Read Latest Issue now

Opinion: Developing a green OTT

Posted on Jun 24, 2020 by FEED Staff

Watching TV is not a green habit. And online TV is less Earth-friendly than old-school broadcasting. How do we make streaming sustainable?

Words: Damien Lucas, CTO and co-founder of Anevia

Digital technologies are generating an increasing amount of the world’s greenhouse gases, with much of this energy consumed by data centres and network infrastructures. And things are only set to get worse. The energy consumption of digital technology is increasing by as much as 9% per year, and a recent forecast by Ericsson Mobility Report estimated that video streaming will represent about 75% of annual mobile network traffic by 2024. That translates to 102 exabytes, or 102 billion gigabytes.

But why does online TV viewing consume so much? Well, it is personalised, with each viewer getting a different video package based on what screen, operating systems and preferred resolution the viewer is using. Also because of new ways of consuming TV – including replay and time-shift. And partly because of better image quality – think Ultra-High Definition, High Dynamic Range and 4K. These three things combined mean we need more storage and more bandwidth – and so we produce more greenhouse gases.

Private cloud fosters good behaviour

In an ideal world, we would all stop watching and go outside. Unfortunately, many of us are addicted to TV. Does Anevia really expect to change that? We don’t. We assume that it is easier to change ourselves than to change others, and that is what we have been focusing on: finding ways to reduce the environmental impact of our industry through resource optimisation.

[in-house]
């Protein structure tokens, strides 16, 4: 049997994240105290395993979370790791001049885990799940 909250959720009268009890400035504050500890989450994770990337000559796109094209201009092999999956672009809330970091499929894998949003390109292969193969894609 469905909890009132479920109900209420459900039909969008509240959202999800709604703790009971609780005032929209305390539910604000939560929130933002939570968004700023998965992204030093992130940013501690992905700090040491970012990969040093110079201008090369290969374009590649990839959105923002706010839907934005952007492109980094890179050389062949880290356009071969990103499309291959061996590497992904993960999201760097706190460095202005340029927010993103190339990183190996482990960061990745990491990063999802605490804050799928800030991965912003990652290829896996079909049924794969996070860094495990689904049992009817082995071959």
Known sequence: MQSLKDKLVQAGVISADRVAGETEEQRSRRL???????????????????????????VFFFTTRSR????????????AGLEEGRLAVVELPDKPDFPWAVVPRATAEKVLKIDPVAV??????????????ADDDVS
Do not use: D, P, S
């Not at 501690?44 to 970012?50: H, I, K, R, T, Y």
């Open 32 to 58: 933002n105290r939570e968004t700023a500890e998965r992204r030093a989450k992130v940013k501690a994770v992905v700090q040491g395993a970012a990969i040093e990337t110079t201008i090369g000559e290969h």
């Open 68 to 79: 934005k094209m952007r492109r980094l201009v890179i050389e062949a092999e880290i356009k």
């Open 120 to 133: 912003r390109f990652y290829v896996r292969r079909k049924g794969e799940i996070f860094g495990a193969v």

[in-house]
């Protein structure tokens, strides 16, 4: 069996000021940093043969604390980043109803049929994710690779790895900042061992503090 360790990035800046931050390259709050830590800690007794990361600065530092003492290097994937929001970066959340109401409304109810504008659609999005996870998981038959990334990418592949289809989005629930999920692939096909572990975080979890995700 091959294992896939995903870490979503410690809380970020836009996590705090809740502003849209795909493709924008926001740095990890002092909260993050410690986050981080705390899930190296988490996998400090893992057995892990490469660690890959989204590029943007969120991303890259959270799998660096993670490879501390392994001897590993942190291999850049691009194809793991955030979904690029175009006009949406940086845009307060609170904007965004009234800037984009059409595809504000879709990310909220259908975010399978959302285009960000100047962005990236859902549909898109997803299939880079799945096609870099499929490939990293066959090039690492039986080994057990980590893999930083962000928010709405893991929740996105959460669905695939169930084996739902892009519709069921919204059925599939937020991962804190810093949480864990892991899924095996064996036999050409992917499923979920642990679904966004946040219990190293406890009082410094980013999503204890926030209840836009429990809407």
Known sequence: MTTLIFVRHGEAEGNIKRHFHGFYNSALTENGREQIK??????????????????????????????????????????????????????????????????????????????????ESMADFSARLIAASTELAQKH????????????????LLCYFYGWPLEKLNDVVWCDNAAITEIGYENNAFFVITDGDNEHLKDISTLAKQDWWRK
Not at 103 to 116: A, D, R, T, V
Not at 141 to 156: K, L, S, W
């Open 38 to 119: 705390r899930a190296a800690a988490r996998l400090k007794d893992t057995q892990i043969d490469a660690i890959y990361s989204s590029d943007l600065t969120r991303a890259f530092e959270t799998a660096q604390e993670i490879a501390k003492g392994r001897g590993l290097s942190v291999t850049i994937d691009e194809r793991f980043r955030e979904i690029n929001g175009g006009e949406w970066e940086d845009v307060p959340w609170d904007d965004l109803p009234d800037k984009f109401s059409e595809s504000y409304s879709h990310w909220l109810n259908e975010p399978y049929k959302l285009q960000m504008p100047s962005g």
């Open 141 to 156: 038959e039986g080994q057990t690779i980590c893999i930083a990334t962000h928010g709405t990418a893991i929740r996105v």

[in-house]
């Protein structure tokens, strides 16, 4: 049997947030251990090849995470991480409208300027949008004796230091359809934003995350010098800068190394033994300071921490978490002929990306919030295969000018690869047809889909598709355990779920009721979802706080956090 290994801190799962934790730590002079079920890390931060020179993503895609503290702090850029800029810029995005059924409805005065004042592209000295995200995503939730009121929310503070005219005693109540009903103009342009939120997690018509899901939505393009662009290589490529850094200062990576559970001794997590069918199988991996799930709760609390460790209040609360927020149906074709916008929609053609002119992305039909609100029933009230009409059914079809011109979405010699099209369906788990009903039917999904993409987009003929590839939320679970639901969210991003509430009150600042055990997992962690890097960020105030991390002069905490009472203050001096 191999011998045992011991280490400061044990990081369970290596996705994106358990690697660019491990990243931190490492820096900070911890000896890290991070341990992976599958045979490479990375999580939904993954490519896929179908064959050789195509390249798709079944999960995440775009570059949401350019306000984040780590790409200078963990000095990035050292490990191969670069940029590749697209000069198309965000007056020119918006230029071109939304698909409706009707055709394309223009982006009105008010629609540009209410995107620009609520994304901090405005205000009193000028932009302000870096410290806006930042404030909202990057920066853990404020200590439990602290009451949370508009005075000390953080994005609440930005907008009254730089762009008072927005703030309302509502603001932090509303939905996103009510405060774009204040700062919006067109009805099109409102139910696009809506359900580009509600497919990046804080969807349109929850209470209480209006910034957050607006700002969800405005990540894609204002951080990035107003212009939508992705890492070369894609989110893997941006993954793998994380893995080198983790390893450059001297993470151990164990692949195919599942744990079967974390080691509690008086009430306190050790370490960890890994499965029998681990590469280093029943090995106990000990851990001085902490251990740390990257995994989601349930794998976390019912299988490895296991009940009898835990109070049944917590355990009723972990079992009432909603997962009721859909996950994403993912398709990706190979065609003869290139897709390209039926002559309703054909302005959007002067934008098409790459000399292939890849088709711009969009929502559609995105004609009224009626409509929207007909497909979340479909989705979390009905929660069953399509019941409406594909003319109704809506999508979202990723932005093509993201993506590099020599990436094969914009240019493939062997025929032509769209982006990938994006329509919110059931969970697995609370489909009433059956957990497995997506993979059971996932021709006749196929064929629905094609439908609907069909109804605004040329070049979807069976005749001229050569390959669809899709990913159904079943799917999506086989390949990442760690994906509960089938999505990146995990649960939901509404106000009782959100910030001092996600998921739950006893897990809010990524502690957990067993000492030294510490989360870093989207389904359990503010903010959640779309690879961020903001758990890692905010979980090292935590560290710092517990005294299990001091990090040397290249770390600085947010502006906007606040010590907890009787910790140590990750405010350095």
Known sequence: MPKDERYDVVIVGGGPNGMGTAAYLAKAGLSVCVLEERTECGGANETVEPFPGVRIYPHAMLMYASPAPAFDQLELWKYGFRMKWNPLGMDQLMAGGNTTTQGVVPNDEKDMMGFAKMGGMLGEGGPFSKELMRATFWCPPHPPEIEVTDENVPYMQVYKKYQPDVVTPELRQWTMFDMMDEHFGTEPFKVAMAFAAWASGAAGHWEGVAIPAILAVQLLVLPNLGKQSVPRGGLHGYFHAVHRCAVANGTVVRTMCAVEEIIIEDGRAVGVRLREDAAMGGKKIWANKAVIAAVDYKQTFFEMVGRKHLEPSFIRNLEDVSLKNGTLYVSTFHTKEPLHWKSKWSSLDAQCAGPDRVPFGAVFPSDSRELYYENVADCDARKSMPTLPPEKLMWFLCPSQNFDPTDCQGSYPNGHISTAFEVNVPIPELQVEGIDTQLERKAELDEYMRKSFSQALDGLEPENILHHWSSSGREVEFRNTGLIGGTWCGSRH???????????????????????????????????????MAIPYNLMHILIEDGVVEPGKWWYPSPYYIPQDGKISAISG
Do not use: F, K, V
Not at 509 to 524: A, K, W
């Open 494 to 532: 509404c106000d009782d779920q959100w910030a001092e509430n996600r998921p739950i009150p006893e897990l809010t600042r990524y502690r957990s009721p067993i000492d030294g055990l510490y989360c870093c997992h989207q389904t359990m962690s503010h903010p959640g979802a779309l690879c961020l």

Our aim is to optimise storage efficiency and reduce bandwidth requirements by at least 30%. We are also striving to reduce the infrastructure cost by avoiding a multiple transcoding profile. And there is further potential to reduce the energy consumption in data centres by using artificial intelligence.

Private cloud is greener

The world’s IT infrastructure is increasingly going cloud-based, with two models: public cloud and private cloud. And private cloud is ‘greener’ for two reasons.

First, because of proximity. In the public cloud model, data is hosted on servers that may be situated anywhere in the world. Every time someone accesses them, the data must travel from that server to the client’s location. In the private cloud model, data is hosted on servers that are generally much closer to the client, so there is less network traffic – consuming less energy and requiring fewer routers.

Second, because private cloud fosters good behaviour. In the public cloud model, it is very easy to add resources (usually just a click away). This encourages waste. In the private cloud model, adding resources means buying, installing and configuring new servers. This tends to encourage ‘greener’ behaviour.

Going further

A private cloud deployment can still use huge amounts of resources. So we have developed solutions to reduce that.